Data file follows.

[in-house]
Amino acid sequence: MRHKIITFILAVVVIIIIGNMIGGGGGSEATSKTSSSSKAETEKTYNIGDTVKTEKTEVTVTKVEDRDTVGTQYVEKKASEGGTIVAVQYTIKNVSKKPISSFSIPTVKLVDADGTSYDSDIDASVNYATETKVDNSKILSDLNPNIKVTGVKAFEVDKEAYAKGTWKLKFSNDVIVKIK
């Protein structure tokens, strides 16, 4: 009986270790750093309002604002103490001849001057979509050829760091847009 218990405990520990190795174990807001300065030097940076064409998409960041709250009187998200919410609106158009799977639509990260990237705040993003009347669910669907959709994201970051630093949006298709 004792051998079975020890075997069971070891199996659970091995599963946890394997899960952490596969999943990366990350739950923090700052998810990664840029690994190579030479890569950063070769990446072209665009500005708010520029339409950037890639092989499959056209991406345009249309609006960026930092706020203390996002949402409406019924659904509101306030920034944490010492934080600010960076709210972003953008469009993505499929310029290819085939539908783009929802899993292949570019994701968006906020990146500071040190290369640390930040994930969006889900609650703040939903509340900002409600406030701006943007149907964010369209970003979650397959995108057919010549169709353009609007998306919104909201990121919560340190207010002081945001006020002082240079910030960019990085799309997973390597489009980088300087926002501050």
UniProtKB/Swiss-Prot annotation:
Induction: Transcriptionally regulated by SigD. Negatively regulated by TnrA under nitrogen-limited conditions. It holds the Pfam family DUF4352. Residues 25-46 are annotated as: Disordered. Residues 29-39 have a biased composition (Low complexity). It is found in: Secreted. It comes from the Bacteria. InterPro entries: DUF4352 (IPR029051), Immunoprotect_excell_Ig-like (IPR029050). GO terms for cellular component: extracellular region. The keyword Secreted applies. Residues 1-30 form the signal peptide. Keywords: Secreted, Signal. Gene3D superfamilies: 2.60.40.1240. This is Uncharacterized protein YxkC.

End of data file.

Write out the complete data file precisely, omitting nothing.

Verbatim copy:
[in-house]
Amino acid sequence: MRHKIITFILAVVVIIIIGNMIGGGGGSEATSKTSSSSKAETEKTYNIGDTVKTEKTEVTVTKVEDRDTVGTQYVEKKASEGGTIVAVQYTIKNVSKKPISSFSIPTVKLVDADGTSYDSDIDASVNYATETKVDNSKILSDLNPNIKVTGVKAFEVDKEAYAKGTWKLKFSNDVIVKIK
């Protein structure tokens, strides 16, 4: 009986270790750093309002604002103490001849001057979509050829760091847009 218990405990520990190795174990807001300065030097940076064409998409960041709250009187998200919410609106158009799977639509990260990237705040993003009347669910669907959709994201970051630093949006298709 004792051998079975020890075997069971070891199996659970091995599963946890394997899960952490596969999943990366990350739950923090700052998810990664840029690994190579030479890569950063070769990446072209665009500005708010520029339409950037890639092989499959056209991406345009249309609006960026930092706020203390996002949402409406019924659904509101306030920034944490010492934080600010960076709210972003953008469009993505499929310029290819085939539908783009929802899993292949570019994701968006906020990146500071040190290369640390930040994930969006889900609650703040939903509340900002409600406030701006943007149907964010369209970003979650397959995108057919010549169709353009609007998306919104909201990121919560340190207010002081945001006020002082240079910030960019990085799309997973390597489009980088300087926002501050």
UniProtKB/Swiss-Prot annotation:
Induction: Transcriptionally regulated by SigD. Negatively regulated by TnrA under nitrogen-limited conditions. It holds the Pfam family DUF4352. Residues 25-46 are annotated as: Disordered. Residues 29-39 have a biased composition (Low complexity). It is found in: Secreted. It comes from the Bacteria. InterPro entries: DUF4352 (IPR029051), Immunoprotect_excell_Ig-like (IPR029050). GO terms for cellular component: extracellular region. The keyword Secreted applies. Residues 1-30 form the signal peptide. Keywords: Secreted, Signal. Gene3D superfamilies: 2.60.40.1240. This is Uncharacterized protein YxkC.